try hard, make a great effort, make an effort, make every effort, spare no effort, take (great) pains, take care, put oneself out, apply oneself, exert oneself;
strive, endeavour, try, struggle, battle, labour, toil, strain, work, aim;
do one's best, do all one can, do one's utmost, give (it) one's all, go all out
informal bend/fall/lean over backwards, give it one's best shot


[with object]
1Cause mental or physical pain to: it pains me to say this her legs had been paining her
More example sentences
  • He was almost physically pained by rigid doctrinal systems, and mildly revolted by the idea of discipleship.
  • It physically pains me to give away the money which makes me feel comfortable and stable in this life.
  • Lain's eyes completely washed over with emotions and for some reason it pained her physically for she had never ever felt any kind of emotions but anger.
hurt, cause pain, be painful, be sore, ache, throb, smart, burn, prickle, sting, pinch, twinge, cause discomfort, be tender
informal kill
British informal play up
sadden, grieve, distress, make miserable/wretched, trouble, worry, bother, perturb, disturb, oppress, harrow, cause anguish to, afflict;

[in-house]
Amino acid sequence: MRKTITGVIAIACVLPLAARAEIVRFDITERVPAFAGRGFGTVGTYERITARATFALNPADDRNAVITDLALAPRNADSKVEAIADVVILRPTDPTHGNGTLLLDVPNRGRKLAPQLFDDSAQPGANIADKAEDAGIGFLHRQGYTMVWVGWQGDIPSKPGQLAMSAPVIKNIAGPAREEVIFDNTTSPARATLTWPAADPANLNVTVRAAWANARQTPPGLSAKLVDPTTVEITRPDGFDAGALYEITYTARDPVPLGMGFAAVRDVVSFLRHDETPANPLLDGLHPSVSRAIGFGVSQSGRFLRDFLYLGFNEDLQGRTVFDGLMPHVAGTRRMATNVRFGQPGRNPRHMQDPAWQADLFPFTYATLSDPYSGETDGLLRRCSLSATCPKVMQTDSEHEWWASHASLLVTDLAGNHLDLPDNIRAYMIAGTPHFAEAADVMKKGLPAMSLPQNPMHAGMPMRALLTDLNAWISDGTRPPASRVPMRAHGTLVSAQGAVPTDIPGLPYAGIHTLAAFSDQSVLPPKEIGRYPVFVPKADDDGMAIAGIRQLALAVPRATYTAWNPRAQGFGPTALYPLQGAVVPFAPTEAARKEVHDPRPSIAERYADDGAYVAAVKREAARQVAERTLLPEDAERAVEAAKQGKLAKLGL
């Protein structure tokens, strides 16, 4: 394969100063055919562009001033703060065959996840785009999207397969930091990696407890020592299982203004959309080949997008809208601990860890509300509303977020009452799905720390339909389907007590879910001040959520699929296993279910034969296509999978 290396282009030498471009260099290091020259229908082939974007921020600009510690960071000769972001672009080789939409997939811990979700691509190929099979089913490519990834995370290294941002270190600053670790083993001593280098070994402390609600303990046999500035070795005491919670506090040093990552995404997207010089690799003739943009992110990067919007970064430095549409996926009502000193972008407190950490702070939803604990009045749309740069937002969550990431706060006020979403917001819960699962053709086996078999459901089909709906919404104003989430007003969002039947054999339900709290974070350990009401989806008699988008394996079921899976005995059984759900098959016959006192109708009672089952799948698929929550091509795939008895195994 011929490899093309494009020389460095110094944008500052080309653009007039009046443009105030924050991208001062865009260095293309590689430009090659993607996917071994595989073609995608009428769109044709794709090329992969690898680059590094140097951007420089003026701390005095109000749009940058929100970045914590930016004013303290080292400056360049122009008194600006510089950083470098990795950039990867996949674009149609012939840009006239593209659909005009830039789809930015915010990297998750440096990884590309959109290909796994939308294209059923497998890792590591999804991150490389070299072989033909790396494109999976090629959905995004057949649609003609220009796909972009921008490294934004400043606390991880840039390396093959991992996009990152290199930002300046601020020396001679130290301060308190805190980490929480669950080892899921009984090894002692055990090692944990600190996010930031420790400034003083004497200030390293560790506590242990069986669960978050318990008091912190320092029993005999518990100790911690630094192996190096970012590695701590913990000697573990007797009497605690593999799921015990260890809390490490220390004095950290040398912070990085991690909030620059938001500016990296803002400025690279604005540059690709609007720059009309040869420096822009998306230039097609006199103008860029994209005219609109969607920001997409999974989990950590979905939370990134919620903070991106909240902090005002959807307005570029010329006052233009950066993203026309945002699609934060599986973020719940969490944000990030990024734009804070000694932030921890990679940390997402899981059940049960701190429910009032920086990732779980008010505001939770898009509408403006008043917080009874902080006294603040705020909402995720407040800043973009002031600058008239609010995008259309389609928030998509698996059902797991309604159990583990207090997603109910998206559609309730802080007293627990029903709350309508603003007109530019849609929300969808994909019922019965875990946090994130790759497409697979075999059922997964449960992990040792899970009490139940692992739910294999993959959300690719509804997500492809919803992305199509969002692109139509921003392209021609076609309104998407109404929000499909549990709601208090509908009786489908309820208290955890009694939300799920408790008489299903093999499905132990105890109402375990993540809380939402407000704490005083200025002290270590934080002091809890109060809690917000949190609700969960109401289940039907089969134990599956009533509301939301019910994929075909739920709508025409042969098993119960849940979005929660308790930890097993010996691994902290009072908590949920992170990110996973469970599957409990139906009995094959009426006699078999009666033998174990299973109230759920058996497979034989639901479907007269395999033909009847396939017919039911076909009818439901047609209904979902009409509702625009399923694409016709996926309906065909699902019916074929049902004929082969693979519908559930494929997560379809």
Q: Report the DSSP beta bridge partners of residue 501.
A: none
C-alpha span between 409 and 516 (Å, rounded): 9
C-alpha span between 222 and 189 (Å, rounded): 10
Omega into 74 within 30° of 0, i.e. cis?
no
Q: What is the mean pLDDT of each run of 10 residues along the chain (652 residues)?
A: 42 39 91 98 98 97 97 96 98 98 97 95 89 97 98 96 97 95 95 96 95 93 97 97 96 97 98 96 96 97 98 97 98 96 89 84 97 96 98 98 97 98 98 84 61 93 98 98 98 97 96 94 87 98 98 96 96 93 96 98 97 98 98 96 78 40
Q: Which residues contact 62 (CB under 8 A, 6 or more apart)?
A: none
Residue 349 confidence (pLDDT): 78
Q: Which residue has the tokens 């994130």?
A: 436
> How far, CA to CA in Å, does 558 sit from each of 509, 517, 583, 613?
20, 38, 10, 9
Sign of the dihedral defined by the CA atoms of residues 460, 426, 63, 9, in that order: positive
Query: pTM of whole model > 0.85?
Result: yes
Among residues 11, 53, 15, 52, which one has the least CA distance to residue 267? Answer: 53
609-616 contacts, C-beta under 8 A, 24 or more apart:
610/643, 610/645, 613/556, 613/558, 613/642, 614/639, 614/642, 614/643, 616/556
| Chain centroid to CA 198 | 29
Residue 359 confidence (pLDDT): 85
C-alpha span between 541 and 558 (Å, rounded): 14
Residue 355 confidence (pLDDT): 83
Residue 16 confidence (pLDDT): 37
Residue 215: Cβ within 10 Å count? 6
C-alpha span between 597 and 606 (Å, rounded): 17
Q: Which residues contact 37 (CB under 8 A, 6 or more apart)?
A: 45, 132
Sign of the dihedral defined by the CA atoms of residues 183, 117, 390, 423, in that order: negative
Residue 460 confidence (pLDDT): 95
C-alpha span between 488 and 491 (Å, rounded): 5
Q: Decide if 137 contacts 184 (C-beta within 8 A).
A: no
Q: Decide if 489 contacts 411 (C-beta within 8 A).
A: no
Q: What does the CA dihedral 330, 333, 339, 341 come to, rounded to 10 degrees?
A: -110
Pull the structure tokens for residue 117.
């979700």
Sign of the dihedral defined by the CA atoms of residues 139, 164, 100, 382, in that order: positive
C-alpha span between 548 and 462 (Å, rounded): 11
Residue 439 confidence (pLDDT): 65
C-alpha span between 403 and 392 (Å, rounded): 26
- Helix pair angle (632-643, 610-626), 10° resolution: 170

cut to the quick, mortify, torment, torture, wound, sting, gnaw at
1.1 [no object] chiefly North American (Of a part of the body) hurt: sometimes my right hand would pain
More example sentences
  • His head spun and his body pained in various areas until he was forced to lie once again and sit up with a slower pace.
  • I moved slowly, feeling soft fabric around me, though my body pained me.
  • I wanted to see it so much my chest ached and pained with the frustration.



for one's pains

informal As an unfairly bad return for one’s efforts: he was sued for his pains
More example sentences
  • You'll only get kicked and beaten and trampled on for your pains.
  • Hal displays a couple of good trout, but the competitive youngsters Martin and Jim have nothing to show for their pains.
  • Examiners of my essays constantly warn me about the perils of this ‘Post-Doctoral Thesis’ tendency, and I often incur mediocre marks for my pains.

no pain, no gain

Suffering is necessary in order to achieve something: get them knees up—no pain, no gain!
Originally used as a slogan in fitness classes
More example sentences
  • ‘I intend to defend my title, regardless’ And as the old saying goes, no pain, no gain.
  • So you cannot empower people, you have to give them the opportunities to develop their skills to become empowered to deal with these matters; no pain, no gain, that is basically it.